We can imagine the pain and suffering that the youth and families in Newtown, Connecticut are experiencing. As youth growing up on some of America's deadliest streets, we are all too familiar with gun violence and its impacts. Too many of us have been shot and shot at. We have buried our friends and family members. Nearly all of us have been to more funerals than graduations. No one wants the violence to stop more than we do.But, we have also seen how attempts to build public safety with security systems, armed police and prisons have failed. We want college prep, not prison prep.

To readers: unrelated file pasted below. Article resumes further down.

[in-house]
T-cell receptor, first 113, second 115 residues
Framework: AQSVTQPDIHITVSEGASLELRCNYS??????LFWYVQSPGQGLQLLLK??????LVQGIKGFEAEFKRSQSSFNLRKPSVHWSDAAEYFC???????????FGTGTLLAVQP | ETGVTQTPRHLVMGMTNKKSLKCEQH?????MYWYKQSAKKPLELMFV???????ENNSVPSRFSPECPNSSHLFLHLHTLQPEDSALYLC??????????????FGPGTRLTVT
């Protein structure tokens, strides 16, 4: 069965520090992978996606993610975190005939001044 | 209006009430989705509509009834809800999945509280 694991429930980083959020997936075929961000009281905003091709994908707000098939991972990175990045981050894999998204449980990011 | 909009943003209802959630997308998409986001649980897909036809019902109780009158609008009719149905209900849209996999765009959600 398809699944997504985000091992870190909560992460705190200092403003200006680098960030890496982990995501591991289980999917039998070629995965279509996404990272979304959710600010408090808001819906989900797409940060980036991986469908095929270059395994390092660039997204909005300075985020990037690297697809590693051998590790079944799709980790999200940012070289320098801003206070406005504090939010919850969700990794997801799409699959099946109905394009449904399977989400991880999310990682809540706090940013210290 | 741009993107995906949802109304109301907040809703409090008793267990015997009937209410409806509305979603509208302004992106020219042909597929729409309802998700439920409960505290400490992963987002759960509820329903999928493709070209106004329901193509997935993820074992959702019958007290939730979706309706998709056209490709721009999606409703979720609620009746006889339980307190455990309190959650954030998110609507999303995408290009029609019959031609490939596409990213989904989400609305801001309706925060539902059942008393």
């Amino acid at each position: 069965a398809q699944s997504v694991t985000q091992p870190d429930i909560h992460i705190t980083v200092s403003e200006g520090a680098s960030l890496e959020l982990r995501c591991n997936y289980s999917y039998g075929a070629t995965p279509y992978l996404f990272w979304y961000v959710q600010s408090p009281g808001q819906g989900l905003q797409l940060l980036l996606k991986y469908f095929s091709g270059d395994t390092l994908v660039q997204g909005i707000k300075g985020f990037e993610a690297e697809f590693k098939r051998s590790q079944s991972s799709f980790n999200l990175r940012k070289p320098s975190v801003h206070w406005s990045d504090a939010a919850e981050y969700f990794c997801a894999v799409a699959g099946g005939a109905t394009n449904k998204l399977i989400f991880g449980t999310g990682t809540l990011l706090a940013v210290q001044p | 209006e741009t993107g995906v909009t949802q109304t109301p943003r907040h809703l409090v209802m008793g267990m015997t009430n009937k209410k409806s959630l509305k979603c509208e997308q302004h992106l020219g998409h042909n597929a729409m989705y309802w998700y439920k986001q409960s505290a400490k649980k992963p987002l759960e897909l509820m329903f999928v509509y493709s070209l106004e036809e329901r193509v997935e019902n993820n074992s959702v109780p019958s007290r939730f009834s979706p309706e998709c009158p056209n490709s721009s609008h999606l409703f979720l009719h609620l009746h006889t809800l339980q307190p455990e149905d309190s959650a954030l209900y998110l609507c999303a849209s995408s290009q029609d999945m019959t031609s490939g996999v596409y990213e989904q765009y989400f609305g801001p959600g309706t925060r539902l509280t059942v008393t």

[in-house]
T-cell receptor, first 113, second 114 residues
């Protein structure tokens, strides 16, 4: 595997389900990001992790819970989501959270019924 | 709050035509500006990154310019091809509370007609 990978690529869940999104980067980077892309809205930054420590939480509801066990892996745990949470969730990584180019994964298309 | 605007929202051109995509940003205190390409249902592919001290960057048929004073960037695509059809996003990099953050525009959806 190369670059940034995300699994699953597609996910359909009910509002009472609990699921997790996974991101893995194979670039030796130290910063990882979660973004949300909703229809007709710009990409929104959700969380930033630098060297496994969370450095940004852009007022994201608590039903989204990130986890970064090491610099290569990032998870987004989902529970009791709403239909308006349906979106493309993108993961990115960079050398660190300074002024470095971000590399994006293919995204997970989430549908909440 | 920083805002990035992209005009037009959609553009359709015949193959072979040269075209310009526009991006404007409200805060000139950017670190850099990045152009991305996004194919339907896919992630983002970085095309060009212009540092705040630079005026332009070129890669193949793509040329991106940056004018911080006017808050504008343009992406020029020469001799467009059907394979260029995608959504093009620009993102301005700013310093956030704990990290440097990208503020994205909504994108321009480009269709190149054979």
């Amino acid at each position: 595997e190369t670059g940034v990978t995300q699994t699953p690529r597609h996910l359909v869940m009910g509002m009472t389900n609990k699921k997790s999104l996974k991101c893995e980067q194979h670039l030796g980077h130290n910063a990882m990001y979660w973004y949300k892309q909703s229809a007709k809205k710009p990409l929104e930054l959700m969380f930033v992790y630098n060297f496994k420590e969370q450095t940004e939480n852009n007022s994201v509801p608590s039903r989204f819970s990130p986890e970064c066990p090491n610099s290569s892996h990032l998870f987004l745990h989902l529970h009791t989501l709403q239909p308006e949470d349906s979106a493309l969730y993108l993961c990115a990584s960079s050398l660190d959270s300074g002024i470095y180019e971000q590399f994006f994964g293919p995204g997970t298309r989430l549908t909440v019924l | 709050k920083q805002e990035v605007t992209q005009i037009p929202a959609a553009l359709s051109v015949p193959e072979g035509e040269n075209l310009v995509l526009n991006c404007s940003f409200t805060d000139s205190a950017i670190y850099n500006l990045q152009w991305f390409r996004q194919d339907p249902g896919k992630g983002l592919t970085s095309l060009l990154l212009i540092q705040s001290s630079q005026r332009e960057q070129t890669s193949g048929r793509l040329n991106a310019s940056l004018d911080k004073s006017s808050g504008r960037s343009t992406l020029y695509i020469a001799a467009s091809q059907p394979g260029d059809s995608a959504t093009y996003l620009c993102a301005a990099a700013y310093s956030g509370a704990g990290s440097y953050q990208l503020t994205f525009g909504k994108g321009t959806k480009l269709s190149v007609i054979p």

Fueled by increasingly punitive approaches to student behavior such as "zero tolerance policies," the past 20 years have seen an expansion in the presence of law enforcement, including school resource officers (SROs), in schools. According to the U.S. Department of Justice, the number of school resource officers increased 38 percent between 1997 and 2007. Some cities, like New York City, employ more officers in schools than many small cities' entire police force.With this rapid increase in the presence of law enforcement, including SROs, in schools, districts from around the country have found that youth are being referred to the justice system at increased rates and for minor offenses like disorderly conduct. This is causing lasting harm to youth, as arrests and referrals to the juvenile justice system disrupt the educational process and can lead to suspension, expulsion, or other alienation from school. All of these negative effects set youth on a track to drop out of school and put them at greater risk of becoming involved in the justice system later on, all at tremendous costs for taxpayers as well the youth themselves and their communities.